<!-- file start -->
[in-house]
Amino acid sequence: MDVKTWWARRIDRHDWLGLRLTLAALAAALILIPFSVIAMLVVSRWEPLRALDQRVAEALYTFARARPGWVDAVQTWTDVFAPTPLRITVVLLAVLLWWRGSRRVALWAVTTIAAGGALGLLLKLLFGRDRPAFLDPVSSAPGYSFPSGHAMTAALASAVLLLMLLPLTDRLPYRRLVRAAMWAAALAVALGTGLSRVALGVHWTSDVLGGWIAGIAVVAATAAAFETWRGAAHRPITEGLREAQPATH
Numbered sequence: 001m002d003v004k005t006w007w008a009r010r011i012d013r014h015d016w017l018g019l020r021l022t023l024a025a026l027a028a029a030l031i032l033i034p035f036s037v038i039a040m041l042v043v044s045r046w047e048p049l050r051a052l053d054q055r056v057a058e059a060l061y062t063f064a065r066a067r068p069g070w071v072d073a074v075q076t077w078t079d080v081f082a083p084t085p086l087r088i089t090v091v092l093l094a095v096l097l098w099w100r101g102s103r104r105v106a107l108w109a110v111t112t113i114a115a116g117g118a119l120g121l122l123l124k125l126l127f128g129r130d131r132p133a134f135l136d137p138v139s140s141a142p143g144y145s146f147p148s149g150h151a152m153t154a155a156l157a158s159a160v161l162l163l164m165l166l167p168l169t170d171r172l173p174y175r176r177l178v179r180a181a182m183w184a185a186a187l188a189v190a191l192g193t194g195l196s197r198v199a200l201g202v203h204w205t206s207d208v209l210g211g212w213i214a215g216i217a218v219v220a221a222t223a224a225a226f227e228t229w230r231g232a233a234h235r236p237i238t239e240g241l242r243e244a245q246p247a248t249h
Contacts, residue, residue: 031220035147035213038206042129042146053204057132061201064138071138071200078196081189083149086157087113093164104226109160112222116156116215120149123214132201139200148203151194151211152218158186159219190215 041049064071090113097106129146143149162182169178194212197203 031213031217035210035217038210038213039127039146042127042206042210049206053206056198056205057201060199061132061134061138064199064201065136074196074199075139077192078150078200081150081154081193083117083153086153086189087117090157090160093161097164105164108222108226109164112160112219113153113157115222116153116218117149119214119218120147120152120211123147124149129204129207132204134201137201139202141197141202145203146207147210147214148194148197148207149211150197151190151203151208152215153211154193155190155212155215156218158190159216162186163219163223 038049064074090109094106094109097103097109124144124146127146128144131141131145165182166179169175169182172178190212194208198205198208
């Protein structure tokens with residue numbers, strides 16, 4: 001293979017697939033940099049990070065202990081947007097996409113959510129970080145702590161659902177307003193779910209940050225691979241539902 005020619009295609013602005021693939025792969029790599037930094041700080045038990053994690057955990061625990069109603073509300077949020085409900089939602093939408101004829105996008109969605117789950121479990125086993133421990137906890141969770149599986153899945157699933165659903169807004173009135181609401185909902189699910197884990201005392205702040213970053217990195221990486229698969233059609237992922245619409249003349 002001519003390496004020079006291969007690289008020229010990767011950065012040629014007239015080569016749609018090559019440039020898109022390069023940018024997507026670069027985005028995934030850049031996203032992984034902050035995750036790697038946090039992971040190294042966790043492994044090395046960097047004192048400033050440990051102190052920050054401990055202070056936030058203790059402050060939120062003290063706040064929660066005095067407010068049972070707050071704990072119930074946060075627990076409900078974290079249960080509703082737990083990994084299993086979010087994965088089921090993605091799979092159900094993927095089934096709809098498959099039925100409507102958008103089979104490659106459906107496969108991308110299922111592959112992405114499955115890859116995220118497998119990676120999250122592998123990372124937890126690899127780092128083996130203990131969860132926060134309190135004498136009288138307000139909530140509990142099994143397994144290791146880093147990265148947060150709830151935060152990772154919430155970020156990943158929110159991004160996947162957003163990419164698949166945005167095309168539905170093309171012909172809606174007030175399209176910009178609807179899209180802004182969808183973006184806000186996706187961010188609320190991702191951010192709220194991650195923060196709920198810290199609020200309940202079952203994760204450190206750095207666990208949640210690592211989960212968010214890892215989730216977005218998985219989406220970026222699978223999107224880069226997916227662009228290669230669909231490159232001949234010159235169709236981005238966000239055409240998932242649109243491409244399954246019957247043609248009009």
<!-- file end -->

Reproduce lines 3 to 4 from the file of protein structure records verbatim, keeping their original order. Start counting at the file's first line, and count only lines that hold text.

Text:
Numbered sequence: 001m002d003v004k005t006w007w008a009r010r011i012d013r014h015d016w017l018g019l020r021l022t023l024a025a026l027a028a029a030l031i032l033i034p035f036s037v038i039a040m041l042v043v044s045r046w047e048p049l050r051a052l053d054q055r056v057a058e059a060l061y062t063f064a065r066a067r068p069g070w071v072d073a074v075q076t077w078t079d080v081f082a083p084t085p086l087r088i089t090v091v092l093l094a095v096l097l098w099w100r101g102s103r104r105v106a107l108w109a110v111t112t113i114a115a116g117g118a119l120g121l122l123l124k125l126l127f128g129r130d131r132p133a134f135l136d137p138v139s140s141a142p143g144y145s146f147p148s149g150h151a152m153t154a155a156l157a158s159a160v161l162l163l164m165l166l167p168l169t170d171r172l173p174y175r176r177l178v179r180a181a182m183w184a185a186a187l188a189v190a191l192g193t194g195l196s197r198v199a200l201g202v203h204w205t206s207d208v209l210g211g212w213i214a215g216i217a218v219v220a221a222t223a224a225a226f227e228t229w230r231g232a233a234h235r236p237i238t239e240g241l242r243e244a245q246p247a248t249h
Contacts, residue, residue: 031220035147035213038206042129042146053204057132061201064138071138071200078196081189083149086157087113093164104226109160112222116156116215120149123214132201139200148203151194151211152218158186159219190215 041049064071090113097106129146143149162182169178194212197203 031213031217035210035217038210038213039127039146042127042206042210049206053206056198056205057201060199061132061134061138064199064201065136074196074199075139077192078150078200081150081154081193083117083153086153086189087117090157090160093161097164105164108222108226109164112160112219113153113157115222116153116218117149119214119218120147120152120211123147124149129204129207132204134201137201139202141197141202145203146207147210147214148194148197148207149211150197151190151203151208152215153211154193155190155212155215156218158190159216162186163219163223 038049064074090109094106094109097103097109124144124146127146128144131141131145165182166179169175169182172178190212194208198205198208